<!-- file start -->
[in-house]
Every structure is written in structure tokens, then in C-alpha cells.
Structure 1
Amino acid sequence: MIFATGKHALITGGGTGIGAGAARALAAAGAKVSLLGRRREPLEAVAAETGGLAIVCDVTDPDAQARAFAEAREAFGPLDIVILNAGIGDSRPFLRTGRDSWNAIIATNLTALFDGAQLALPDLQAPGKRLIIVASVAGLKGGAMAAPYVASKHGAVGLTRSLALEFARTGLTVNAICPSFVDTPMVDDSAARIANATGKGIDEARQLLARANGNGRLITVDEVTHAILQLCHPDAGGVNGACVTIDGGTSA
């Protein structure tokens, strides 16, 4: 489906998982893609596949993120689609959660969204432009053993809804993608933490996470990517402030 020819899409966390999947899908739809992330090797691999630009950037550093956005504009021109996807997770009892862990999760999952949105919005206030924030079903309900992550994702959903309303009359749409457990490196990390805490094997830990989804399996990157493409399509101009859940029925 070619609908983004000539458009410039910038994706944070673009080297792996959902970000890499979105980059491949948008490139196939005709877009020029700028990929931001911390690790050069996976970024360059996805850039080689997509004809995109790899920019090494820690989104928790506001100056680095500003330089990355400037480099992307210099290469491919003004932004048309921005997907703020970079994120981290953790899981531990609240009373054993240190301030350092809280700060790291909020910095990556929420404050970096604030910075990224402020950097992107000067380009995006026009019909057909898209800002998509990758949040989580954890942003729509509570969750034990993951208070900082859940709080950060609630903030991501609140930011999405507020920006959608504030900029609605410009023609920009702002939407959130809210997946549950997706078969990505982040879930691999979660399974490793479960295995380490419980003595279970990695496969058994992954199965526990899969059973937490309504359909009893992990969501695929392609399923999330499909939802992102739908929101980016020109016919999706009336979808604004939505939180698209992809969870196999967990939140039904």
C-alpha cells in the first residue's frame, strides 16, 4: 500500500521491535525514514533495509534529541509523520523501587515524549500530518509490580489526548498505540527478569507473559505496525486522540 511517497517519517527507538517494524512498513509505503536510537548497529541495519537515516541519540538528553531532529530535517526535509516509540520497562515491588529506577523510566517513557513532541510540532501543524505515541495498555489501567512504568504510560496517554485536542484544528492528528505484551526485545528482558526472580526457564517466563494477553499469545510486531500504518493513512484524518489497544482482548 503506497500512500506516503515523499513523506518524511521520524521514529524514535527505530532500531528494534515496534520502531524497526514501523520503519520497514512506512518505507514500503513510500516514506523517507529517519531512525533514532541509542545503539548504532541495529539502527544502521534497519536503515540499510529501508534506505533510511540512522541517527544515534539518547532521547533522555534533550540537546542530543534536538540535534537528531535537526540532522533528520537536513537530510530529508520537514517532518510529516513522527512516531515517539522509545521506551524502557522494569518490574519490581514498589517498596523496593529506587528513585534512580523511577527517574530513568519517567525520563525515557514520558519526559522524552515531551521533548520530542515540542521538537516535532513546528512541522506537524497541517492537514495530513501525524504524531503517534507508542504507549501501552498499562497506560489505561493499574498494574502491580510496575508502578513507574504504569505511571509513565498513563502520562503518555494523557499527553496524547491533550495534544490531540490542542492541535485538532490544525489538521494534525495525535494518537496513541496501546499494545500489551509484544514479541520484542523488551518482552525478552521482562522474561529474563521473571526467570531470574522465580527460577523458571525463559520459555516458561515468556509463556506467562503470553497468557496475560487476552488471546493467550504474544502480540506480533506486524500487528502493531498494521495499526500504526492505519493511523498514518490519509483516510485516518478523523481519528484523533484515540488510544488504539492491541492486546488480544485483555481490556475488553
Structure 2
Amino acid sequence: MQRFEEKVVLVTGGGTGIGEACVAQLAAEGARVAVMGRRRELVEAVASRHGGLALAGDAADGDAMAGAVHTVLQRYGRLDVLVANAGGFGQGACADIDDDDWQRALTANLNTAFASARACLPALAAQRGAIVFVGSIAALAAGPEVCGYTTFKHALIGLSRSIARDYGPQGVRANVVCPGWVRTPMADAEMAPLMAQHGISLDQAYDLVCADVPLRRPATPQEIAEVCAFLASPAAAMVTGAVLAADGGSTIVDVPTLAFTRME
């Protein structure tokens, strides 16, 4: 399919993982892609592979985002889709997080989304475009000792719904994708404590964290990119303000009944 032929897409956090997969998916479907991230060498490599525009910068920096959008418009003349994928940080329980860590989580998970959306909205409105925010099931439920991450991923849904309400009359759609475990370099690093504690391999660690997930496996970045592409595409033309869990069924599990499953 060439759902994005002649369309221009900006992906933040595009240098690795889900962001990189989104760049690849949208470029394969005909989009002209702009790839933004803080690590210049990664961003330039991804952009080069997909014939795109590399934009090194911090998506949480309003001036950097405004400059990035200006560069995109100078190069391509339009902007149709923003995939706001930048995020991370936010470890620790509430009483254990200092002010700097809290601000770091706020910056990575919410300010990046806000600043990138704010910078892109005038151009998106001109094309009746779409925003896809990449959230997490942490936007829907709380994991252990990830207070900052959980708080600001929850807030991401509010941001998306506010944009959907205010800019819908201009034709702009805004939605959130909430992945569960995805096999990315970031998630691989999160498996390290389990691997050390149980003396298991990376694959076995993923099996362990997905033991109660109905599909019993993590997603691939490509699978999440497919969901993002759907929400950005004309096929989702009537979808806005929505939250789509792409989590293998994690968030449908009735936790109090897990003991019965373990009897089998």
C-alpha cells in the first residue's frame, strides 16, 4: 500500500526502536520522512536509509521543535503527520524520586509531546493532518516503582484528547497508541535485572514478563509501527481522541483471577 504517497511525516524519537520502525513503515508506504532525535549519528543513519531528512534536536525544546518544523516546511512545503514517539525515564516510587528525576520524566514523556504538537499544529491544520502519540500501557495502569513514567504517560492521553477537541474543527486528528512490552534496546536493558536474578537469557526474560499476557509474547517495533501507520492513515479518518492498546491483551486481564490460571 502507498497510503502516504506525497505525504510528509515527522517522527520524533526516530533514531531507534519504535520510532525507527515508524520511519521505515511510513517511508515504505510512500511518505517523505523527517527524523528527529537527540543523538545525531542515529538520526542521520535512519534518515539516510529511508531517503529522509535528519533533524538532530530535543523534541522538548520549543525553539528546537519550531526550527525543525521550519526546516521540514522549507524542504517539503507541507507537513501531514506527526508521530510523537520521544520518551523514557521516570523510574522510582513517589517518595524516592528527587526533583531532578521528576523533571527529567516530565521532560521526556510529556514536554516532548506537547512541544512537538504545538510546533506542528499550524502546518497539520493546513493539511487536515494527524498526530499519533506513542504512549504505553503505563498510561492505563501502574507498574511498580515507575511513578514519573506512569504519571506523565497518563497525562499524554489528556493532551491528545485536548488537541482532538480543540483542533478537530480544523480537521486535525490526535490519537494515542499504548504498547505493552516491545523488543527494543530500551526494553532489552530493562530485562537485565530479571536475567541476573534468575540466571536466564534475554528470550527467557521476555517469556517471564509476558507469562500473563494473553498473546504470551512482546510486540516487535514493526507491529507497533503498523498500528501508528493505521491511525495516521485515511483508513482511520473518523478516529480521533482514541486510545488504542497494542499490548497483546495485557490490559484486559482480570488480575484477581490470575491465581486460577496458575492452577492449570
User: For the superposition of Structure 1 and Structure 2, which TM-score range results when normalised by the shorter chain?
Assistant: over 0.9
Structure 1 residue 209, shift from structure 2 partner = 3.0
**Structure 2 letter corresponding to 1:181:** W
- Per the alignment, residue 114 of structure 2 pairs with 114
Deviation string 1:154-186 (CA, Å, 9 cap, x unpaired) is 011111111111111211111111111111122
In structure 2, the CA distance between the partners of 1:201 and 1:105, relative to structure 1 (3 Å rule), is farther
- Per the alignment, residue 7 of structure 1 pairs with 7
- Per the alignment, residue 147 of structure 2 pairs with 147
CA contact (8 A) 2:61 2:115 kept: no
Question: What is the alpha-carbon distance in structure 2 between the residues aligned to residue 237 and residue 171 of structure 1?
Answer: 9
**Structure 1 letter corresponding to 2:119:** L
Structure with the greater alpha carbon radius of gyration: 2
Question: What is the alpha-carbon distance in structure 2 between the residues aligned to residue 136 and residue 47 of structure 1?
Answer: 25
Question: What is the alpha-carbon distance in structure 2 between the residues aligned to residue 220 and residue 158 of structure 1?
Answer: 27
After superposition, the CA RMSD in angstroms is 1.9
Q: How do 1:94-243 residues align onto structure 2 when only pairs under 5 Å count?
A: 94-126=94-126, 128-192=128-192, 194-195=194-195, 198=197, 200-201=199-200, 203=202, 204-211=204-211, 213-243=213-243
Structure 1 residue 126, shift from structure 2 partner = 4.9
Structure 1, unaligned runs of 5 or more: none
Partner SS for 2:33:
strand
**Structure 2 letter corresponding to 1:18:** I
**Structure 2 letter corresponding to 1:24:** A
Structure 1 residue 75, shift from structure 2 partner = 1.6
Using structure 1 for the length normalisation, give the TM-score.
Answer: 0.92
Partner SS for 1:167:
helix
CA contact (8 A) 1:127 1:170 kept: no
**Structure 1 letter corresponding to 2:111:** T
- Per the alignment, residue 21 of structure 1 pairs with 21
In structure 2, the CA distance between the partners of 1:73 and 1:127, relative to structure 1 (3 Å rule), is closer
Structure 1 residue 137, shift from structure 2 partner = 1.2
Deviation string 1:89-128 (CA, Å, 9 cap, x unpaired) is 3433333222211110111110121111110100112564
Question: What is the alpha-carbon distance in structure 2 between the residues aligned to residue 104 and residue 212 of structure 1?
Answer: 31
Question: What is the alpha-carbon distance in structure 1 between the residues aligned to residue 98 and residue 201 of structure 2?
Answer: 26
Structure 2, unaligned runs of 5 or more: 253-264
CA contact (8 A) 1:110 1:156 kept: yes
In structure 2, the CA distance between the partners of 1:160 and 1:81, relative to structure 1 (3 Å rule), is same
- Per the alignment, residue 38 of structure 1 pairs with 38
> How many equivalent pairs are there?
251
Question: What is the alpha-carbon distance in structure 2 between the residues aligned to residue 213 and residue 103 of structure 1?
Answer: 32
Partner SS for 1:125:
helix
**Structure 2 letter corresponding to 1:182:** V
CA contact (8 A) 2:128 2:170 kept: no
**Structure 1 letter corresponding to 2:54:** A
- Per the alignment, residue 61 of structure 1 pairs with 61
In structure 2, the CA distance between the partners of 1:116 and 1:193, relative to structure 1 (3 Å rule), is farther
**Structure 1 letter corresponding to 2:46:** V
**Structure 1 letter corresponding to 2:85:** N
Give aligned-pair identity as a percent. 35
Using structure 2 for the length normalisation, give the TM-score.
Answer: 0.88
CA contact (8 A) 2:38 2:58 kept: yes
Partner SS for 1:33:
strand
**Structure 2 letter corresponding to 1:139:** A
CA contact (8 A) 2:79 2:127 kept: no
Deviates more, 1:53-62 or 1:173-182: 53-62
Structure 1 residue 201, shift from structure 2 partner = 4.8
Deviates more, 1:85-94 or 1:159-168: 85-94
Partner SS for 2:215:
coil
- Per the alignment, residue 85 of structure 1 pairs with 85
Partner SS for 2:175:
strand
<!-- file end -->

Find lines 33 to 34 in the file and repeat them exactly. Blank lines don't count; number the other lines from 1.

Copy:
Structure 1, unaligned runs of 5 or more: none
Partner SS for 2:33: